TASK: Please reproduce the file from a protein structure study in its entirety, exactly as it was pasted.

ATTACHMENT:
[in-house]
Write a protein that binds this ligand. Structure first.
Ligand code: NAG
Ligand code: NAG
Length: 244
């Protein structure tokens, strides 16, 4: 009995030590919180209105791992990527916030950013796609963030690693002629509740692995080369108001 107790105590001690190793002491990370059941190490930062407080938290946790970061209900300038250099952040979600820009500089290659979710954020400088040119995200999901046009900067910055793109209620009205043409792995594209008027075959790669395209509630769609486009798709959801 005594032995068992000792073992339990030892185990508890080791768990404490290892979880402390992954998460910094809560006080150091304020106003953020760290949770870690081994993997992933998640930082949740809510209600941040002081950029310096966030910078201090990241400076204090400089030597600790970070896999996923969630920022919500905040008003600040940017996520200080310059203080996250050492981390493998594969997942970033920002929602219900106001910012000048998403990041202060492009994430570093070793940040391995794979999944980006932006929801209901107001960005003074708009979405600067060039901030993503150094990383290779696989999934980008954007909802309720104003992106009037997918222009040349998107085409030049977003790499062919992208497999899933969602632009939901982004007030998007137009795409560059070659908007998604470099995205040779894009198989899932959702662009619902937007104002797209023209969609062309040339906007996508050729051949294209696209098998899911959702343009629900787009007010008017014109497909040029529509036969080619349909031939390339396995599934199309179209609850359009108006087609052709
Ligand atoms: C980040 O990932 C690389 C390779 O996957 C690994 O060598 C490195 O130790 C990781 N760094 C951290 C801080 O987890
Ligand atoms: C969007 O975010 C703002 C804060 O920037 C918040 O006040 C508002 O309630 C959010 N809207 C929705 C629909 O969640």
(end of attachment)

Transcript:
[in-house]
Write a protein that binds this ligand. Structure first.
Ligand code: NAG
Ligand code: NAG
Length: 244
């Protein structure tokens, strides 16, 4: 009995030590919180209105791992990527916030950013796609963030690693002629509740692995080369108001 107790105590001690190793002491990370059941190490930062407080938290946790970061209900300038250099952040979600820009500089290659979710954020400088040119995200999901046009900067910055793109209620009205043409792995594209008027075959790669395209509630769609486009798709959801 005594032995068992000792073992339990030892185990508890080791768990404490290892979880402390992954998460910094809560006080150091304020106003953020760290949770870690081994993997992933998640930082949740809510209600941040002081950029310096966030910078201090990241400076204090400089030597600790970070896999996923969630920022919500905040008003600040940017996520200080310059203080996250050492981390493998594969997942970033920002929602219900106001910012000048998403990041202060492009994430570093070793940040391995794979999944980006932006929801209901107001960005003074708009979405600067060039901030993503150094990383290779696989999934980008954007909802309720104003992106009037997918222009040349998107085409030049977003790499062919992208497999899933969602632009939901982004007030998007137009795409560059070659908007998604470099995205040779894009198989899932959702662009619902937007104002797209023209969609062309040339906007996508050729051949294209696209098998899911959702343009629900787009007010008017014109497909040029529509036969080619349909031939390339396995599934199309179209609850359009108006087609052709
Ligand atoms: C980040 O990932 C690389 C390779 O996957 C690994 O060598 C490195 O130790 C990781 N760094 C951290 C801080 O987890
Ligand atoms: C969007 O975010 C703002 C804060 O920037 C918040 O006040 C508002 O309630 C959010 N809207 C929705 C629909 O969640």